Through September, Revenues on Target, but Fiscal Troubles Remain

Through September, Revenues are on Target, but Fiscal Troubles Remain
General Fund revenue collections are on track to meet targets through the first quarter of 2014-15. While revenue collections in the first quarter are the smallest of the commonwealth’s fiscal year, the results are a good, if early, sign.

Despite the positive revenue results, many questions remain regarding the fiscal health of the commonwealth. Despite the shifting of cash from other state sources into the General Fund in the early part of the fiscal year, the state had to borrow $700 million in September, which it will repay with tax collections later in the fiscal year. This is the earliest point in a decade that the General Fund needed such a loan to pay its bills.(1)

Taxes are $84 million, or 1.3%, above estimate in the first three months, offsetting an $83 million deficit of non-tax revenues. Much of the shortfall in non-tax revenue is due to a transfer of $80 million in liquor store profits that the administration anticipated in September, but has yet to be made. (These transfers are typically in the last quarter of the fiscal year. The Corbett administration moved the transfer forward to early in the fiscal year in 2014-15 to help with the state’s cash flow).

First quarter tax revenue grew by a healthy $276 million, or 4.6% over the prior year. Sales tax growth, in particular, has been stronger than expected, growing $127 million, or 5.5% from a year ago. Personal income tax grew by $80 million, or 3.2%, over the first quarter of 2013-14, lower than necessary to meet revenue targets. Corporate taxes grew by $77 million, or 13.2%, from a year ago.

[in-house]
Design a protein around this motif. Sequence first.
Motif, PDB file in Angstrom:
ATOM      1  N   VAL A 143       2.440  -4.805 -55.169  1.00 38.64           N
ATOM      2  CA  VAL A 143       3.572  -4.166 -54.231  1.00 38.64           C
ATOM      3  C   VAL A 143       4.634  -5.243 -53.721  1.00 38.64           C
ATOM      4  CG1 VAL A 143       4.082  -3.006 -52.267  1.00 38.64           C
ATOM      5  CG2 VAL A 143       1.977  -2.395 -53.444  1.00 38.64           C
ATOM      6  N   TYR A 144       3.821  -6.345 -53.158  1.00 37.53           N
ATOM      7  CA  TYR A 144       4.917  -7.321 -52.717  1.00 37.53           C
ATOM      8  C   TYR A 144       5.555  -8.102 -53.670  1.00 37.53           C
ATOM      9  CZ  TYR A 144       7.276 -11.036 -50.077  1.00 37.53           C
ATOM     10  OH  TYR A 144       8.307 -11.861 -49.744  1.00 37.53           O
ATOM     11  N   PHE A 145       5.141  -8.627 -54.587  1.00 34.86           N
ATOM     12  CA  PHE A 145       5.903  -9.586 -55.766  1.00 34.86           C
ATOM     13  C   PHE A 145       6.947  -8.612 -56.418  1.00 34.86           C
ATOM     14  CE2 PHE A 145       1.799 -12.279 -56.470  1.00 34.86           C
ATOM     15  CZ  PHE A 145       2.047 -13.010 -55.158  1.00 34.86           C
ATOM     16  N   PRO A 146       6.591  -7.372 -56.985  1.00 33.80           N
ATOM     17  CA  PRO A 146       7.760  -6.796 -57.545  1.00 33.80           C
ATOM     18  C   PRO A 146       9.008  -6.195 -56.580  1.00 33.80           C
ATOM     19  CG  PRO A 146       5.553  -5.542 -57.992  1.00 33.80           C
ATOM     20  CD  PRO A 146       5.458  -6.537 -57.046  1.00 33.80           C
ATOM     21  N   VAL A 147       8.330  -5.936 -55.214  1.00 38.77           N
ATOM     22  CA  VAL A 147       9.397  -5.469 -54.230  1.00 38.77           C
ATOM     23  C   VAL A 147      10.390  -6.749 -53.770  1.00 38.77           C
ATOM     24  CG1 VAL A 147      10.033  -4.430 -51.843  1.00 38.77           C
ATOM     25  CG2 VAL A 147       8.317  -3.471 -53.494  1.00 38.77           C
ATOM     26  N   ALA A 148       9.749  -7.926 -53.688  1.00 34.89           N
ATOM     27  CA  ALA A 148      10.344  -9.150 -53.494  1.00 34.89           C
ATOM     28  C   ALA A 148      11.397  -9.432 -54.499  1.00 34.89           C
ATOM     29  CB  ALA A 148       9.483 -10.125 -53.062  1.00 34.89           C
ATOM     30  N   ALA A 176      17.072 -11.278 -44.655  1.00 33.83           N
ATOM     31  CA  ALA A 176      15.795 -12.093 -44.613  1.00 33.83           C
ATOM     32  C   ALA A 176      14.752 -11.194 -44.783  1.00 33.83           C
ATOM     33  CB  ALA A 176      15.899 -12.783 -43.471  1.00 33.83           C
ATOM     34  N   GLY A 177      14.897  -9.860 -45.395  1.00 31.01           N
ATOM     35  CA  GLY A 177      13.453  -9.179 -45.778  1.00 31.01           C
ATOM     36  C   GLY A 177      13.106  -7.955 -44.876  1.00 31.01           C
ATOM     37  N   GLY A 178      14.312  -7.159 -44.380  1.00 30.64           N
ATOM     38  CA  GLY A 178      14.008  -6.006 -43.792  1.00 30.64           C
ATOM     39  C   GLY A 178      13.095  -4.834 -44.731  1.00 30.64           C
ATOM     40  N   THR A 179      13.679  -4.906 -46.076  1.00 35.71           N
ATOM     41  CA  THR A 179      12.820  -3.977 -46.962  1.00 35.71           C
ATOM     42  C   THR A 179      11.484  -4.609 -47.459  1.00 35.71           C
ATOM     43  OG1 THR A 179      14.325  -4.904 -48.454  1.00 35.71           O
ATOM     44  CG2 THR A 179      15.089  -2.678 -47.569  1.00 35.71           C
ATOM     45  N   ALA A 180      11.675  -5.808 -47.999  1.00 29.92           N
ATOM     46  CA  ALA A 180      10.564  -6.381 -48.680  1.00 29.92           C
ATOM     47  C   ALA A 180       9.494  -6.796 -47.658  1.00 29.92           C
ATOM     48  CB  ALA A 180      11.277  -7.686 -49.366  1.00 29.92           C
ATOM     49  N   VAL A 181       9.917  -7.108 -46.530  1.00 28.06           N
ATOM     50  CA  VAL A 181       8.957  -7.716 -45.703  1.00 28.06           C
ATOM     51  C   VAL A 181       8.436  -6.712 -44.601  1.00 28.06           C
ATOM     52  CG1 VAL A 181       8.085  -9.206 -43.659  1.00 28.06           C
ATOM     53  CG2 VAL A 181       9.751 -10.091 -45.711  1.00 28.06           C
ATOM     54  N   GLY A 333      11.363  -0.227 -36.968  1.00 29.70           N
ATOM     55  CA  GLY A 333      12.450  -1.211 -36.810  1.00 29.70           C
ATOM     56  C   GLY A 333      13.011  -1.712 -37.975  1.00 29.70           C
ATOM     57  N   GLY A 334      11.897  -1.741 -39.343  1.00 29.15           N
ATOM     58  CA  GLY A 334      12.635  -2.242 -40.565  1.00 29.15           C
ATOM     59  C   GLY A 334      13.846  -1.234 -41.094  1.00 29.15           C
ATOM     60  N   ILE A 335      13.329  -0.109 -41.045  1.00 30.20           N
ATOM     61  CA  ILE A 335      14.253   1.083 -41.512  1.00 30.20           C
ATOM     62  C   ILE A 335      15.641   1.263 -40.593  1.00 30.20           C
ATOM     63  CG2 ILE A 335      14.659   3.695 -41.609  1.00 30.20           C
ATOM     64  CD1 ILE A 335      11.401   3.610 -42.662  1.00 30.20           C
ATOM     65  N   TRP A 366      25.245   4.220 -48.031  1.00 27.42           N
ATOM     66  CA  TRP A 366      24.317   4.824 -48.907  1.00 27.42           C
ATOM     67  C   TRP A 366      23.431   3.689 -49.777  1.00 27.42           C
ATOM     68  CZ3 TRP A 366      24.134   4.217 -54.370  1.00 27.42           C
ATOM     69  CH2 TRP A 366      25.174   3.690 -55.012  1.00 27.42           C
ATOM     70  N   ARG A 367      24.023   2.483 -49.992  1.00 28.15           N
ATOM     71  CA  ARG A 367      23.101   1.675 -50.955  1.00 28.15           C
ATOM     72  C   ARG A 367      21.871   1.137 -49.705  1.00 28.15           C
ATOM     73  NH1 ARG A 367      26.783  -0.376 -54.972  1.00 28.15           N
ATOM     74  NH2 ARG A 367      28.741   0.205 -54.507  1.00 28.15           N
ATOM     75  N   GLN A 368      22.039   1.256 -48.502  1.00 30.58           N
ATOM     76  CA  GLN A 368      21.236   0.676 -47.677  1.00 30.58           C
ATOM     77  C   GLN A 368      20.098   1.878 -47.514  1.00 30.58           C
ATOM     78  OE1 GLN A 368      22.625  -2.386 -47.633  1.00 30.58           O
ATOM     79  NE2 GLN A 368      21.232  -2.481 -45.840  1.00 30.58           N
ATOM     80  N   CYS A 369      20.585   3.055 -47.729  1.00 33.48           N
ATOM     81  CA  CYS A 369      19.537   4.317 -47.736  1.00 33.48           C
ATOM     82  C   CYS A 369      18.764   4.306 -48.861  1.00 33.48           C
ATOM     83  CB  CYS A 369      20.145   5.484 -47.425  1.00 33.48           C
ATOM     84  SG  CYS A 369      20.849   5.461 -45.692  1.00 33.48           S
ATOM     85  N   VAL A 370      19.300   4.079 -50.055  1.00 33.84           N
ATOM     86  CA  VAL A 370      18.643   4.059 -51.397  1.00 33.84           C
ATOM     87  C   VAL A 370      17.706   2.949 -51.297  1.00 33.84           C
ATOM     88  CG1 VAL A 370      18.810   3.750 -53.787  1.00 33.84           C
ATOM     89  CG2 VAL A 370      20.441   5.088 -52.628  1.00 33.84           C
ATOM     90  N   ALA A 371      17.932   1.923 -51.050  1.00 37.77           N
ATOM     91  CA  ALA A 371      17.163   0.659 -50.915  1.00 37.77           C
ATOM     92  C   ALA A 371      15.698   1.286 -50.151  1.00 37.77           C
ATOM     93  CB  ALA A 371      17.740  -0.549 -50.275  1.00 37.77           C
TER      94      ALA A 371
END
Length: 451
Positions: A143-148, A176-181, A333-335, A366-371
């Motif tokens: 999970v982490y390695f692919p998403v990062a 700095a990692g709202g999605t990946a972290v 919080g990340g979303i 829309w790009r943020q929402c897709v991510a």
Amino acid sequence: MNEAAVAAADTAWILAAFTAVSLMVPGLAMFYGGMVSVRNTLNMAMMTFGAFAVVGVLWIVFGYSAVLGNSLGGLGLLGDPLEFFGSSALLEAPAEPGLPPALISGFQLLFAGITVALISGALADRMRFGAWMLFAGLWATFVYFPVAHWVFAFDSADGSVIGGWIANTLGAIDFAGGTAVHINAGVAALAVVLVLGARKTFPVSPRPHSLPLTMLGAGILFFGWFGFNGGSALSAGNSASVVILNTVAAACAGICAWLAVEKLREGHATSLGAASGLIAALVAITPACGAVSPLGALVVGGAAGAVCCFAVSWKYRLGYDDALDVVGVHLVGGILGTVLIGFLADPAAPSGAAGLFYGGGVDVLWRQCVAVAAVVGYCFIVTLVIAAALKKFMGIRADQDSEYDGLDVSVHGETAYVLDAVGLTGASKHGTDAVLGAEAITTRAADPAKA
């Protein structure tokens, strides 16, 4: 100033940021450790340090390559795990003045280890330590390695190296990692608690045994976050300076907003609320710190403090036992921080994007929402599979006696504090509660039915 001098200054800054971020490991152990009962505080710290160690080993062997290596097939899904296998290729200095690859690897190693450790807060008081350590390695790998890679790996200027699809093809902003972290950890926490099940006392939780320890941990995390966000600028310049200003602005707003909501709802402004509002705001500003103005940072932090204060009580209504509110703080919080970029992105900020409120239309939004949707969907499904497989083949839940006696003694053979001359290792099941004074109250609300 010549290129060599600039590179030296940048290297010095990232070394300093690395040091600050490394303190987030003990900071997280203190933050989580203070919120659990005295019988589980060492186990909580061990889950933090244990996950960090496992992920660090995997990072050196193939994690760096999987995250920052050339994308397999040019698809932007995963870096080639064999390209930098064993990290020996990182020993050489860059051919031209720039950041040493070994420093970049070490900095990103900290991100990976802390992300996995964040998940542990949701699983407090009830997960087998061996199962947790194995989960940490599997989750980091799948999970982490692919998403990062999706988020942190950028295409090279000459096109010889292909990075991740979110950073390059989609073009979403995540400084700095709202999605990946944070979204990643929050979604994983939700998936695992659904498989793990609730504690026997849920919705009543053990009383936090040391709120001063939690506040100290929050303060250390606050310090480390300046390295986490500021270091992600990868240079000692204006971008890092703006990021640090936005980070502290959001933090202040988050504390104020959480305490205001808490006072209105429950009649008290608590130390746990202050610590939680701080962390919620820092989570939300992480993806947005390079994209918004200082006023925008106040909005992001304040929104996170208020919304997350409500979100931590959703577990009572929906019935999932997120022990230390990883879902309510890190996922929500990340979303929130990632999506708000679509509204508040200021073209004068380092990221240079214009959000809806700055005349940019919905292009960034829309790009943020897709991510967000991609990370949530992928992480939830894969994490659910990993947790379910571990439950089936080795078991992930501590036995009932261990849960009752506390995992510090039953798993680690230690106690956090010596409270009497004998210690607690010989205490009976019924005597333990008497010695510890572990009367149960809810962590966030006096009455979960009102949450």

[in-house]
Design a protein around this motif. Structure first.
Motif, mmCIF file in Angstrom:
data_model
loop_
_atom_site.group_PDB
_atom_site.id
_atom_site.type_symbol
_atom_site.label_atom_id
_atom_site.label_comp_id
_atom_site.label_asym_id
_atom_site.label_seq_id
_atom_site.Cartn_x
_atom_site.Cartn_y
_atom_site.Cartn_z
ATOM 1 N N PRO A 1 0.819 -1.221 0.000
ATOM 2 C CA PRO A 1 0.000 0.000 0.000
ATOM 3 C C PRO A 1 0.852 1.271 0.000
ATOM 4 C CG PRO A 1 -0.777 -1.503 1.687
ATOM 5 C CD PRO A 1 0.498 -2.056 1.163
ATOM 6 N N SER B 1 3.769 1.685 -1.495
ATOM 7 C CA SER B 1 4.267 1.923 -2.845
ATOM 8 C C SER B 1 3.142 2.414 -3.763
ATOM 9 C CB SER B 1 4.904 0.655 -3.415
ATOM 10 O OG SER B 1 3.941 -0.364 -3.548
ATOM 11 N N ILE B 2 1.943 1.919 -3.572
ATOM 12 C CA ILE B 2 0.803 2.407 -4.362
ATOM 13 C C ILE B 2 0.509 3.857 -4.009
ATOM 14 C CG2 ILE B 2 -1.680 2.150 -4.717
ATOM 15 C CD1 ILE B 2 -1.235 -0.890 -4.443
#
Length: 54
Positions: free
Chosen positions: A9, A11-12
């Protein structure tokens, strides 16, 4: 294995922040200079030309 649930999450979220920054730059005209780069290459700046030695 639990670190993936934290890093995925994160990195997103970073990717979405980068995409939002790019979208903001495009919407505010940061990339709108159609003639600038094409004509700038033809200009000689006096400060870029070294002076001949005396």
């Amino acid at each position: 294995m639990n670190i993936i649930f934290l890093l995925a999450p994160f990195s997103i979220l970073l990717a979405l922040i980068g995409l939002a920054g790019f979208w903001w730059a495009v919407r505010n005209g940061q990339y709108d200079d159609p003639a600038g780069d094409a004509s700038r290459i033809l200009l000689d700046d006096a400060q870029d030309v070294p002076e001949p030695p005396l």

In July and August, the administration transferred $227 million to the General Fund from other funds, including $95 million from the Small Business First Fund, $85 million from the Machinery and Equipment Loan Fund, and $30 million from the Volunteer Companies Loan Fund, and as a result, non-tax revenue far exceeds 2013-14 levels. The 2013-14 budget included no such transfers.
The administration’s shift in non-tax revenue, including the transfers from other funds and liquor store profits, to the first half of the fiscal year has little impact on the overall timing of revenue collections. In 2014-15, it is estimated that 43.2% of revenue will be collected in the first six months. This is a modest increase from 2013-14, when 42.9% of revenues came in the first half of the fiscal year.

Outside experts continue to take notice of the commonwealth’s fragile fiscal state. In late September, Fitch Ratings downgraded Pennsylvania’s credit rating to AA-minus, citing the nearly $2 billion in one-time revenue sources needed to balance the 2014-15 budget plan and ongoing concerns about the state’s pension debt. Both Standard & Poor’s and Fitch have changed their outlook on Pennsylvania to negative, while Moody’s Investor Service has downgraded its bond rating for Pennsylvania for three straight years.(2)  Like for a homeowner, a credit downgrade makes it more expensive for the commonwealth to borrow money.

(1) Pennsylvania Department of the Auditor General, “Treasury Creates $1.5 Billion Credit Line to Sustain State Operations,” September 16, 2014,

(2)  Reuters, “Fitch downgrades Pennsylvania on budget, pension concerns,” September 23, 2014,